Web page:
Tuesday, November 14, 2006

Ellen Willis

The Hill notes with sadness the recent passing of Ellen Willis, who died of lung cancer last week at age 64.

Willis wrote a lot of rock music criticism when I first encountered her in the early 70's. The classic rock of the 60's and 70's started me on my leftward journey, especially once I was old enough to get past the beat and understand what people like John Lennon, Bob Dylan and Pete Townshend were up to. At that time, their lyrics seemed to answer some of the questions I asked my dad that he couldn't answer when we watched the evening news. The more I listened, the more I wanted to know, and the more I read about those artists. The music writing in Rolling Stone was worth reading then, and those were also the glory days of magazines like Creem and Crawdaddy. Great writers like Dave Marsh, Greil Marcus, and Robert Christgau described the music with passion while also adding a healthy amount of liberal social observation. Ellen Willis was part of that group for a time, and she added a strong feminist viewpoint to her opinions on music and culture. Music writing eventually became too confining for Willis, though, and she went on to a long career as a social critic, her writing continuing to feature strong doses of feminism, Marxism, and scepticism of religion. It would still be a few years before I started putting all the pieces together, but Ellen Willis was one of those people who caused me to see my middle-class, suburban, white-boy existence from a few different angles.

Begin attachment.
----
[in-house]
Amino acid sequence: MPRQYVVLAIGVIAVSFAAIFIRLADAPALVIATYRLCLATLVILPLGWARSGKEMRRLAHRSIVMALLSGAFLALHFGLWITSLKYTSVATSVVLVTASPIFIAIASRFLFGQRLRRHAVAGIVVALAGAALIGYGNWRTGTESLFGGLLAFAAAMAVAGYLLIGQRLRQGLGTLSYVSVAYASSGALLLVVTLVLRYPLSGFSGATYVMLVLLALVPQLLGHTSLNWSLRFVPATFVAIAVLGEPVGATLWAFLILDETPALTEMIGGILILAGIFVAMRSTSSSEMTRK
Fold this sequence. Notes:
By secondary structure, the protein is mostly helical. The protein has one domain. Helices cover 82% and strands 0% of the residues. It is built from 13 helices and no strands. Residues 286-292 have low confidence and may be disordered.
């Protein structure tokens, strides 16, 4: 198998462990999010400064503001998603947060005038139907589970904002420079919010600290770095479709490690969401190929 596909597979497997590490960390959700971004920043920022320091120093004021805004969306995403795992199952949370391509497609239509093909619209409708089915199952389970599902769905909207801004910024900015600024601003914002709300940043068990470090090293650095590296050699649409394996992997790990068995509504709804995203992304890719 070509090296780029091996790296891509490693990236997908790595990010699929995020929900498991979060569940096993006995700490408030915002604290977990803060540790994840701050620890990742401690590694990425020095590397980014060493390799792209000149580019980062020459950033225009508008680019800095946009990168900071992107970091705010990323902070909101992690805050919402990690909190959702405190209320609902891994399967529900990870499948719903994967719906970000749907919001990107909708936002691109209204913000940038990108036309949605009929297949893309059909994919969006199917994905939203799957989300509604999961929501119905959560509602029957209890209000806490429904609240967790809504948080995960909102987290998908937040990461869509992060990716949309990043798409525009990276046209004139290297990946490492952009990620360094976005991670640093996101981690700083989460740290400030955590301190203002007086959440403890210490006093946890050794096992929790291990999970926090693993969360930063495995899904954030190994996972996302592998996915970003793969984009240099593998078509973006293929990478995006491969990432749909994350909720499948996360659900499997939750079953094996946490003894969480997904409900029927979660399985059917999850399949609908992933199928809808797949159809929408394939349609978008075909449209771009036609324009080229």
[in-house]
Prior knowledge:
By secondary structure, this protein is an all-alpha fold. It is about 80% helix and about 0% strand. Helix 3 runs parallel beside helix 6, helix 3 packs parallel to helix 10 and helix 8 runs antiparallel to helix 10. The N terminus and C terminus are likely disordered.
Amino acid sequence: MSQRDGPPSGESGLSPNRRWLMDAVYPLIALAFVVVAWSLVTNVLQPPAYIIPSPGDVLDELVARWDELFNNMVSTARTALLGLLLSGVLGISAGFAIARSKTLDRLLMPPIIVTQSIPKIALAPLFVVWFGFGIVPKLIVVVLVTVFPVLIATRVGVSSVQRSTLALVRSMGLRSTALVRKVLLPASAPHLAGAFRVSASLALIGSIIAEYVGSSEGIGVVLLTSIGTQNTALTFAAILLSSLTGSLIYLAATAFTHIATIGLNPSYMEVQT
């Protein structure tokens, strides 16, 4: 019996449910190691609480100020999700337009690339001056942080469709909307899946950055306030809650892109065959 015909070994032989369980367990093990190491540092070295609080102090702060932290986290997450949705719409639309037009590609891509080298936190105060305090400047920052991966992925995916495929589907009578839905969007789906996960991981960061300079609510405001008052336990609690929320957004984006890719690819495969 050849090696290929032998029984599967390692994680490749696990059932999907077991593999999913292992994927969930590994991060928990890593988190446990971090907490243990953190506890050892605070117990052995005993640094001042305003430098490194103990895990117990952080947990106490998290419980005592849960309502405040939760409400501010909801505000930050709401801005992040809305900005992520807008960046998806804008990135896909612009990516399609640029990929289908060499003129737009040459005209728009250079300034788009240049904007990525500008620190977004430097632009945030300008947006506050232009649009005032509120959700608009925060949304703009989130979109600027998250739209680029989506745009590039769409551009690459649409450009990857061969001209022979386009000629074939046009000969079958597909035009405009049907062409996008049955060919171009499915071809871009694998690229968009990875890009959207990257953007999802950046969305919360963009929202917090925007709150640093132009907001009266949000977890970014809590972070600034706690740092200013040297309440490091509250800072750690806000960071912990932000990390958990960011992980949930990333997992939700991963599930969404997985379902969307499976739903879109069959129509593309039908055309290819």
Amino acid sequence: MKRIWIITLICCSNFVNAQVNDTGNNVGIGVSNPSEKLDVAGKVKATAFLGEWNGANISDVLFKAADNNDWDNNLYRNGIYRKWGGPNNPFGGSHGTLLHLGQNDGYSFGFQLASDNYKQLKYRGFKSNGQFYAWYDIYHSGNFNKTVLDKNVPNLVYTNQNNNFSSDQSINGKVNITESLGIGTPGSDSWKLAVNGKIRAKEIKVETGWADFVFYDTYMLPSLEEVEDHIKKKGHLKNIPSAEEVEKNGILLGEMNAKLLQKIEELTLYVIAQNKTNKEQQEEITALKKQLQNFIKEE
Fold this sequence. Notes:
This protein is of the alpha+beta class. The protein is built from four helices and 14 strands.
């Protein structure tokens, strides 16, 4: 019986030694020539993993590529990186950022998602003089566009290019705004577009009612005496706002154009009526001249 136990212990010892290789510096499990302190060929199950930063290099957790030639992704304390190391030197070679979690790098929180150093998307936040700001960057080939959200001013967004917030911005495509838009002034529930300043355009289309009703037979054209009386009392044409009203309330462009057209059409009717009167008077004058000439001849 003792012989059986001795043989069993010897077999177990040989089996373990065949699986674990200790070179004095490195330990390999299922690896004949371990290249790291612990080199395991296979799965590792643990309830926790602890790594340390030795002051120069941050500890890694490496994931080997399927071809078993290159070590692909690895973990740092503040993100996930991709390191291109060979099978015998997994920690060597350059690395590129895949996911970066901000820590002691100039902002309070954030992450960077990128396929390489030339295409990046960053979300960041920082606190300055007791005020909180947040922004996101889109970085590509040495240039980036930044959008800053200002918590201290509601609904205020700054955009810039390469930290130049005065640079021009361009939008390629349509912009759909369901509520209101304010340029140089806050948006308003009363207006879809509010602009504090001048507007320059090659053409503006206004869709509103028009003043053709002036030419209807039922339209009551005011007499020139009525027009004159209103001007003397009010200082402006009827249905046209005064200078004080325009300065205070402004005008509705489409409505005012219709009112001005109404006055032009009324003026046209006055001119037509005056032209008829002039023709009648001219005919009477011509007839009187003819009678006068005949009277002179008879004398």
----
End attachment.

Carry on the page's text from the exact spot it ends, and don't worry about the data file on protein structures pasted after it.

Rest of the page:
The Nation this week eulogizes Ellen Willis' life and work with contributions from several of her friends and colleagues. Here also are links to some of Willis' best writing:

"Rock, Etc.": Willis' impressions of Woodstock.

"Hell, No, I Won't Go": Willis on the War On Drugs.

"Freedom From Religion": Willis takes on the fundamentalists, George W. Bush, the Democratic Party, and nearly every other American cultural institution. Not for the faint of heart.